After consideration of the advantages of combining the 66H8A and 66HM5 skill identifiers, the AN Corps Chief approved the proposal to integrate the critical care and emergency nursing specialties. That change process is now underway. The 2 specialties will be combined into an AOC titled "Trauma Nursing."

The DNS at AMEDDC&S is conducting a similar bottom-up review of all AN AOC, skill identifier, and professional leadership development courses within its purview. The objective is to ensure that the curriculum and training strategies for each program will support current and future healthcare mission requirements, thereby Envisioning The Future.

Simultaneously, the Army Nurse Corps examined other AOC and skill identifier categories to determine the optimal alignment of specialty care nurses for future missions. Similar to the analyses conducted for the 66H8A and 66HM5 populations, the AN Personnel Proponent Officer reviewed the current 66G (Obstetric-Gynecologic Nurse), 66G8D (Nurse Midwife), 66C (Psychiatric Mental Health Nurse), and 66CM8 (Psychiatric Nurse Practitioner) populations to determine if delineation of the advanced practice nurses (midwives and psychiatric nurse practitioners) as separate AOCs is a feasible course of action. The examination and analysis demonstrated that the establishment of separate AOCs for those advanced practitioners is warranted. As with the critical care and emergency care nursing populations, the actual distributable inventories of obstetrical/gynecological nurses and psychiatric mental health nurses are masked when a portion of the population is attending graduate training for advanced practice nursing roles. By separating the groups into distinct AOCs, the actual distributable inventory can be more easily tracked, while the required annual specialty training requirements can be adjusted to compensate for actual losses as nurses transition to advanced practice or other roles. Initial analysis indicates that the creation of separate AOCs retains promotion rates for each group within DOPMA guidelines. Additionally, monitoring of the actual distributable inventory would be enhanced to better support current and future missions. The Chief, Army Nurse Corps has approved the strategy to create these new AOCs, and APPD has prepared the required documentation. As this article is written, staffing of that documentation to all stakeholders is in progress.

The Army Nurse Corps transformation includes development of personnel and training strategies congruent with future mission requirements. Through the analyses of personnel and operational data from multiple sources, and with the guidance of the AN Corps Chief and Deputy Corps Chief, the AN CSBPO and the AN Personnel Proponent Officer have established and codified administrative processes to ensure continuity, both now and beyond the transition of current staff officers from these positions. For the AN CSBPO and AN Personnel Proponent Officer, Envision The Future served as the mantra for transformation of the AN personnel force structure and training requirements in support of current and future healthcare missions in concert with the AN Corps Chief s strategic vision.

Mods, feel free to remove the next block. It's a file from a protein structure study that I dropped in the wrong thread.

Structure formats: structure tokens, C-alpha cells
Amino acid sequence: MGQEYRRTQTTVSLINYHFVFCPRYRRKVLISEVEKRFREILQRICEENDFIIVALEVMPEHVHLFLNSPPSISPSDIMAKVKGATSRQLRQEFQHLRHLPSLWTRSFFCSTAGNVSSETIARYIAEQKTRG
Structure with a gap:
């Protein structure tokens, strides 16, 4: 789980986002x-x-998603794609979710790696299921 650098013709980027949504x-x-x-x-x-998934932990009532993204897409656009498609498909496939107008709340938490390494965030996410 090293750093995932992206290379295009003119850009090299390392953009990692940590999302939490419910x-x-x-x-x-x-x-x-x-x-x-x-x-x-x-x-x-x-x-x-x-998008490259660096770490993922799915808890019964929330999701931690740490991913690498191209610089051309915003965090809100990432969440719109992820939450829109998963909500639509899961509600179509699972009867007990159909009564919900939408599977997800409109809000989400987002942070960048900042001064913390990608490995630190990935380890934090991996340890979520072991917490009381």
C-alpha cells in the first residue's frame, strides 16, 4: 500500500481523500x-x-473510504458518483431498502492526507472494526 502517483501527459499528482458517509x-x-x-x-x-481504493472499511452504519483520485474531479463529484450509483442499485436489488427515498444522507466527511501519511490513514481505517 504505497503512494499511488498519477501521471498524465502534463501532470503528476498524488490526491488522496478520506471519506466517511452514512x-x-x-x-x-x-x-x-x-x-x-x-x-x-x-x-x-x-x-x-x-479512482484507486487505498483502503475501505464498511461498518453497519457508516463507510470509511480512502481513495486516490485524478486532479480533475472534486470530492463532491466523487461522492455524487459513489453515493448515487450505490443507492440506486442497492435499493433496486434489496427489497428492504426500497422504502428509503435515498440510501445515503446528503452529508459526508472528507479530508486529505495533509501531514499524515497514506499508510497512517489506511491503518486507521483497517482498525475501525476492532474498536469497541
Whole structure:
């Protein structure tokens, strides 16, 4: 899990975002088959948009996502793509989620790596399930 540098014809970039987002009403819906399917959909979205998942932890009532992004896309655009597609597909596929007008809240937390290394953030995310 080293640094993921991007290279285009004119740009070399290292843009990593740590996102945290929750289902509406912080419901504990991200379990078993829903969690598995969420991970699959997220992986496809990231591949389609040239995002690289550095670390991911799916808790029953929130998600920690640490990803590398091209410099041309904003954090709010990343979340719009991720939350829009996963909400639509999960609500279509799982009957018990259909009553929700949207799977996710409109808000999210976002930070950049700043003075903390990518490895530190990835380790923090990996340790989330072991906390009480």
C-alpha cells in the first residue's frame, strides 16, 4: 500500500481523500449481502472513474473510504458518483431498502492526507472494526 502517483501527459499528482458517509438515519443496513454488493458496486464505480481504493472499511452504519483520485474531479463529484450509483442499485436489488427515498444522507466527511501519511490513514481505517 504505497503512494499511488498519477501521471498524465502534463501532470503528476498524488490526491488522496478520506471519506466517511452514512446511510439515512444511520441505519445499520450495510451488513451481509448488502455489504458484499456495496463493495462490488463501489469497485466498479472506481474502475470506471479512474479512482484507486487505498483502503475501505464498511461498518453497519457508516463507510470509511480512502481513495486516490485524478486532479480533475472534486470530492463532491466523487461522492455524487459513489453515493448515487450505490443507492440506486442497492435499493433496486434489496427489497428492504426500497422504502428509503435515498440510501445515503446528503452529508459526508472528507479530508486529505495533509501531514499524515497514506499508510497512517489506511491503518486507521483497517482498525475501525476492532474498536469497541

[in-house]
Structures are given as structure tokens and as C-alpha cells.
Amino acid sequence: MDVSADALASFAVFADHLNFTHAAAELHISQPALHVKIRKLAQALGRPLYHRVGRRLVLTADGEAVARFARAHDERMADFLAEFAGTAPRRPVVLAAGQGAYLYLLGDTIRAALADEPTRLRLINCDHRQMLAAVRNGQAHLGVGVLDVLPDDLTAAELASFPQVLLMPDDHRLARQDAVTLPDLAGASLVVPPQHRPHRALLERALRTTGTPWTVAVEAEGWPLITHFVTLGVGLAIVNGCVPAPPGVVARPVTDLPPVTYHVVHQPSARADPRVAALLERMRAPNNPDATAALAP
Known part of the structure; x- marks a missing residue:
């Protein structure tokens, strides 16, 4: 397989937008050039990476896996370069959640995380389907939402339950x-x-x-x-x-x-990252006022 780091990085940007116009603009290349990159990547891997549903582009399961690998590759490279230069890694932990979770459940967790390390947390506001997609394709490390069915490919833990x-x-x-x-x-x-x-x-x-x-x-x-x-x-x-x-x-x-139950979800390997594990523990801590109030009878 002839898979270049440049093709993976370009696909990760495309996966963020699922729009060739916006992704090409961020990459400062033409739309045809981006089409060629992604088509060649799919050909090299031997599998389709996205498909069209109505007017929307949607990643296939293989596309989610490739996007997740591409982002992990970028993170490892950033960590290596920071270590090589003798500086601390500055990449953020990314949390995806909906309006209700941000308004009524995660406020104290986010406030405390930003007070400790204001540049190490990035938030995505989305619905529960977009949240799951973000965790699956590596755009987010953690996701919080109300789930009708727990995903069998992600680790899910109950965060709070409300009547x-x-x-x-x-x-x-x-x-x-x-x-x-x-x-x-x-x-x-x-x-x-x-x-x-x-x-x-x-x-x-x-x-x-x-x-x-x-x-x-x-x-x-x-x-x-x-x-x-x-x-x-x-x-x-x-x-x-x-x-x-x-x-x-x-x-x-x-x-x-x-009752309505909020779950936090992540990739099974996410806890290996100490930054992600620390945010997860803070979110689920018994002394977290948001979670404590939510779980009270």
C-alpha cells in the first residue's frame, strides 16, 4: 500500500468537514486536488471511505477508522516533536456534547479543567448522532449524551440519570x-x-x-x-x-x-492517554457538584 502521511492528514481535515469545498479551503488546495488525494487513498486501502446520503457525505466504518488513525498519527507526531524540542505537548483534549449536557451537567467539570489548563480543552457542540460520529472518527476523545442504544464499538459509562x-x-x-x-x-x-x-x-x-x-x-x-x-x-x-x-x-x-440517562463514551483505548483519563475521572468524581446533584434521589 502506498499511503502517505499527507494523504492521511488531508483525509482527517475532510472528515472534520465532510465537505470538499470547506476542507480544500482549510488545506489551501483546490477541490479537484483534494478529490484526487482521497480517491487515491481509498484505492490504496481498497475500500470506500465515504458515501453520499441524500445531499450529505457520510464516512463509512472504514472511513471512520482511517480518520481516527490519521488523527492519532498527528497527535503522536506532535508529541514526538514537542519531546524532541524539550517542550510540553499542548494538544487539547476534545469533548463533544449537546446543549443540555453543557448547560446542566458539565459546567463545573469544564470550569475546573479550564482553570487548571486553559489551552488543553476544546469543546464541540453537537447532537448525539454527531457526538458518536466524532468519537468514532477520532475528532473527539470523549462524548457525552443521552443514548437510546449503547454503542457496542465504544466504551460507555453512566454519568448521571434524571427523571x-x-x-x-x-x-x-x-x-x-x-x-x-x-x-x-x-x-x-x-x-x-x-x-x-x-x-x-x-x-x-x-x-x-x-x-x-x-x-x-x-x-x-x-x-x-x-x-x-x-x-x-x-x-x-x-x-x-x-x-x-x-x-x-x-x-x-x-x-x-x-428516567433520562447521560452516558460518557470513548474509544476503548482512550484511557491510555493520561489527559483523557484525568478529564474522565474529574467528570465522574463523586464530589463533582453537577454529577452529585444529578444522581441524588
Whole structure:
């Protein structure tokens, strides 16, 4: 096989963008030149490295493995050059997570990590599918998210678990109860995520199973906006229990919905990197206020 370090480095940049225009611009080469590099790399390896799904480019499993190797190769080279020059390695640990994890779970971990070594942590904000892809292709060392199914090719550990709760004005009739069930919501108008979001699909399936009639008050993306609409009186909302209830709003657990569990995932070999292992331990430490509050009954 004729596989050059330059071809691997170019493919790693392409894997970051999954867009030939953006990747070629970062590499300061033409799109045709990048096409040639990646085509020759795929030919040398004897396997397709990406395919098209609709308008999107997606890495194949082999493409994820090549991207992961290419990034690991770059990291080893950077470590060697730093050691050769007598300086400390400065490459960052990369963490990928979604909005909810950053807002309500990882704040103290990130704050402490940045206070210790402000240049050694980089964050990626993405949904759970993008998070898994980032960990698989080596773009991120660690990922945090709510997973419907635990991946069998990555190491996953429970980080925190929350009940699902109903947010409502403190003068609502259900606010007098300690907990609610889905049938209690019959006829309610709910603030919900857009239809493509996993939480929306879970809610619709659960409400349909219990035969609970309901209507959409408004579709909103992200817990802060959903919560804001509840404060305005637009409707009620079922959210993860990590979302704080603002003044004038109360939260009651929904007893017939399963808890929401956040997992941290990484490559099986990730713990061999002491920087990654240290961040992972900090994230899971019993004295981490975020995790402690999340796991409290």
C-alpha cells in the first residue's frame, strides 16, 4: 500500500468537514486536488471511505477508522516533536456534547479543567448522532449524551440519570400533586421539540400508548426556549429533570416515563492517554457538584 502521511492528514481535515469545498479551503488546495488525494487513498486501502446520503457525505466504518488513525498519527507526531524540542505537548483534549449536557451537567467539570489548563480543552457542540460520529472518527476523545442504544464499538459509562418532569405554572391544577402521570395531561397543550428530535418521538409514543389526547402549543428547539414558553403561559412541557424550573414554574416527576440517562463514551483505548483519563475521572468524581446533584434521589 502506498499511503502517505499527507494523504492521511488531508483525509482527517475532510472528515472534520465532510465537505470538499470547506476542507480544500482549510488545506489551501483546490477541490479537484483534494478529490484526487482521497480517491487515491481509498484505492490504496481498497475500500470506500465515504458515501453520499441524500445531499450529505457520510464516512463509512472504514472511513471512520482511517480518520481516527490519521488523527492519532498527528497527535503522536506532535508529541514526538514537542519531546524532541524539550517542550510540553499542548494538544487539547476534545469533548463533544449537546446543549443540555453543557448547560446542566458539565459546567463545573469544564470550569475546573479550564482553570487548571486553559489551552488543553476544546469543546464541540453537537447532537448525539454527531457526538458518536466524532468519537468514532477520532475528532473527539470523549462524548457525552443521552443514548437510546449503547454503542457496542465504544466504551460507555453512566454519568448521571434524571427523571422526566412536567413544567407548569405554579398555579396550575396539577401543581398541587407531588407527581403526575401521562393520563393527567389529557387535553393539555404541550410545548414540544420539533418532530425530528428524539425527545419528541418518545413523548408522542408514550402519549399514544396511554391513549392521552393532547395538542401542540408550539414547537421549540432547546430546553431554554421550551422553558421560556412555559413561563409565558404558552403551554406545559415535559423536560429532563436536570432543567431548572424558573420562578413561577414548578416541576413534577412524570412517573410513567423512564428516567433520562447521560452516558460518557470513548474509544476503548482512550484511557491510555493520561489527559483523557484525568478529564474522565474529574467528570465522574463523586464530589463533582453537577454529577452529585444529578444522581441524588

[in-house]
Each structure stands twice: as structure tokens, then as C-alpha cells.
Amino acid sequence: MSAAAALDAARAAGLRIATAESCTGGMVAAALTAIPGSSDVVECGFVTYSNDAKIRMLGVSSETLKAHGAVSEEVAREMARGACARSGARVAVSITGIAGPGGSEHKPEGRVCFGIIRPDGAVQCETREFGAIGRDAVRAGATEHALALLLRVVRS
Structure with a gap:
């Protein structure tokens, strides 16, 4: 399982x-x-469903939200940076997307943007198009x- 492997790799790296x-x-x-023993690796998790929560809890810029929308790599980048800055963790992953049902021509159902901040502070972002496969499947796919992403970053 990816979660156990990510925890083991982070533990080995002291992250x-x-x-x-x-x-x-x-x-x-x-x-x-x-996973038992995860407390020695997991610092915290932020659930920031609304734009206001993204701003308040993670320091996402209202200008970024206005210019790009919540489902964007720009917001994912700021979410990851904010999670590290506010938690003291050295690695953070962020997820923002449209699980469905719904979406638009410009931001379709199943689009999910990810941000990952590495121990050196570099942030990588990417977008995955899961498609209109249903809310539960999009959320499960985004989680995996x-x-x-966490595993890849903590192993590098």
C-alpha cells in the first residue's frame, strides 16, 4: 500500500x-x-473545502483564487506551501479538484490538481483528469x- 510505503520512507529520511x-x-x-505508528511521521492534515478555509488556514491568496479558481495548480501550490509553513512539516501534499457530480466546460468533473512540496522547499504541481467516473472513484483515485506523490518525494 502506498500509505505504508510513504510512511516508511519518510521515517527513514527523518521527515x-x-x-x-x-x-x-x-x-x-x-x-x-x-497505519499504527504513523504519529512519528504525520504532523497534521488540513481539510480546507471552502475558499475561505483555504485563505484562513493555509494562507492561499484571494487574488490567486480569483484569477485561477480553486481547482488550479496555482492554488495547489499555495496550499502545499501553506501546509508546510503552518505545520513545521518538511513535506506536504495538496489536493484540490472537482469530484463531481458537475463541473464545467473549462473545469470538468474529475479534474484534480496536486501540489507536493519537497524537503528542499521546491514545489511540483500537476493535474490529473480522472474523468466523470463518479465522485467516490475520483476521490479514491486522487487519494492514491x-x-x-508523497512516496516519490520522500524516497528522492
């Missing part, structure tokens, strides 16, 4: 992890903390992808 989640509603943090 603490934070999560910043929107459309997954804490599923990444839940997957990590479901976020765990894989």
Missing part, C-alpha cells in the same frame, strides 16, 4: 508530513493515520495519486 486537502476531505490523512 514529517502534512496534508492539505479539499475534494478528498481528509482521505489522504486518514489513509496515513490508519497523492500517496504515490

We thank LTC Gabriella Miller, Army Reserve Personnel Proponent Officer, and LTC Patricia Steinocher, Army National Guard Personnel Proponent Officer, for their input concerning the Reserve Component and the Army National Guard respectively. We also thank COL Kaylene Curtis and Mr Keith Parker for their reviews and recommendations in preparation of this article.


(1.) MEDCOM Regulation 10-2/OTSG Regulation 10-32: Organization and Functions, Headquarters, United States Army Medical Command. Fort Sam Houston, Texas: Headquarters, United States Army Medical Command; September 29, 2010.

(2.) Army Regulation 600-3: The Army Personnel Development System. Washington, DC: US Dept of the Army; February 28, 2009.

(3.) Army Regulation 5-22: The Army Force Modernization Proponent System. Washington, DC: US Dept of the Army; February 6, 2009.

(4.) Army Regulation 350-1: Army Training and Leader Development. Washington, DC: US Dept of the Army; December 18, 2009:10.

* Table of Distribution and Allowances: Prescribes the organizational structure, personnel and equipment authorizations, and requirements of a military unit to perform a specific mission for which there is no appropriate table of organization and equipment.

([dagger]) Table of Organization and Equipment: Defines the structure and equipment for a military organization or unit.

([double dagger]) Immaterial structure positions can be filled by any AMEDD Corps, rather than a specific Corps and AOC.

COL Carol J. Pierce, AN, USA

COL Janice F. Nickie-Green, AN, USA

When this article was written, COL Pierce was the Army Nurse Corps Specific Branch Proponency Officer, AMEDDC&S, Fort Sam Houston, Texas.

COL Nickie-Green is the Army Nurse Corps Personnel Proponent Officer, AMEDD Personnel Proponent Directorate, AMEDDC&S, Fort Sam Houston, Texas.
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Author:Pierce, Carol J.; Nickie-Green, Janice F.
Publication:U.S. Army Medical Department Journal
Geographic Code:1USA
Date:Oct 1, 2011